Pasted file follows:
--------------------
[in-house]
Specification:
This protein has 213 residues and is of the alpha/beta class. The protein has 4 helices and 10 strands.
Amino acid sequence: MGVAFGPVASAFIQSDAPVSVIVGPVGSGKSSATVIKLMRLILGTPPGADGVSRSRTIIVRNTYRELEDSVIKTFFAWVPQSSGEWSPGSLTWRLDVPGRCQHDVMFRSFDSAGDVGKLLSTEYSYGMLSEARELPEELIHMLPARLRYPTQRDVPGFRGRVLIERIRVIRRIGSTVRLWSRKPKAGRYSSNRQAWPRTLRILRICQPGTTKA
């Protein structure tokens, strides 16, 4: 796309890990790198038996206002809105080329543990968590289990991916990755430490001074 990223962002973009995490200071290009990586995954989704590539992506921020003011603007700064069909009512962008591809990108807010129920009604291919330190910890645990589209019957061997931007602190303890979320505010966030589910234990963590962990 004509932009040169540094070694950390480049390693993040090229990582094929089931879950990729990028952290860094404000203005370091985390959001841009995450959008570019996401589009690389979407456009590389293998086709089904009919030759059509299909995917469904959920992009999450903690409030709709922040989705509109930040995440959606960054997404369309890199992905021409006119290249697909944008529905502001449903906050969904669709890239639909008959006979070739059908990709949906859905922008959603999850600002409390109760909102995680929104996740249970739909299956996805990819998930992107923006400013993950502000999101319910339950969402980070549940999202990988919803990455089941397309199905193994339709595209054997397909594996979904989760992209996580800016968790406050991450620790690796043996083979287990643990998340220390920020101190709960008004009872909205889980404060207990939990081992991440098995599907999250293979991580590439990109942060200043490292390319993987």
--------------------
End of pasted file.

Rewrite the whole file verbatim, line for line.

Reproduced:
[in-house]
Specification:
This protein has 213 residues and is of the alpha/beta class. The protein has 4 helices and 10 strands.
Amino acid sequence: MGVAFGPVASAFIQSDAPVSVIVGPVGSGKSSATVIKLMRLILGTPPGADGVSRSRTIIVRNTYRELEDSVIKTFFAWVPQSSGEWSPGSLTWRLDVPGRCQHDVMFRSFDSAGDVGKLLSTEYSYGMLSEARELPEELIHMLPARLRYPTQRDVPGFRGRVLIERIRVIRRIGSTVRLWSRKPKAGRYSSNRQAWPRTLRILRICQPGTTKA
């Protein structure tokens, strides 16, 4: 796309890990790198038996206002809105080329543990968590289990991916990755430490001074 990223962002973009995490200071290009990586995954989704590539992506921020003011603007700064069909009512962008591809990108807010129920009604291919330190910890645990589209019957061997931007602190303890979320505010966030589910234990963590962990 004509932009040169540094070694950390480049390693993040090229990582094929089931879950990729990028952290860094404000203005370091985390959001841009995450959008570019996401589009690389979407456009590389293998086709089904009919030759059509299909995917469904959920992009999450903690409030709709922040989705509109930040995440959606960054997404369309890199992905021409006119290249697909944008529905502001449903906050969904669709890239639909008959006979070739059908990709949906859905922008959603999850600002409390109760909102995680929104996740249970739909299956996805990819998930992107923006400013993950502000999101319910339950969402980070549940999202990988919803990455089941397309199905193994339709595209054997397909594996979904989760992209996580800016968790406050991450620790690796043996083979287990643990998340220390920020101190709960008004009872909205889980404060207990939990081992991440098995599907999250293979991580590439990109942060200043490292390319993987």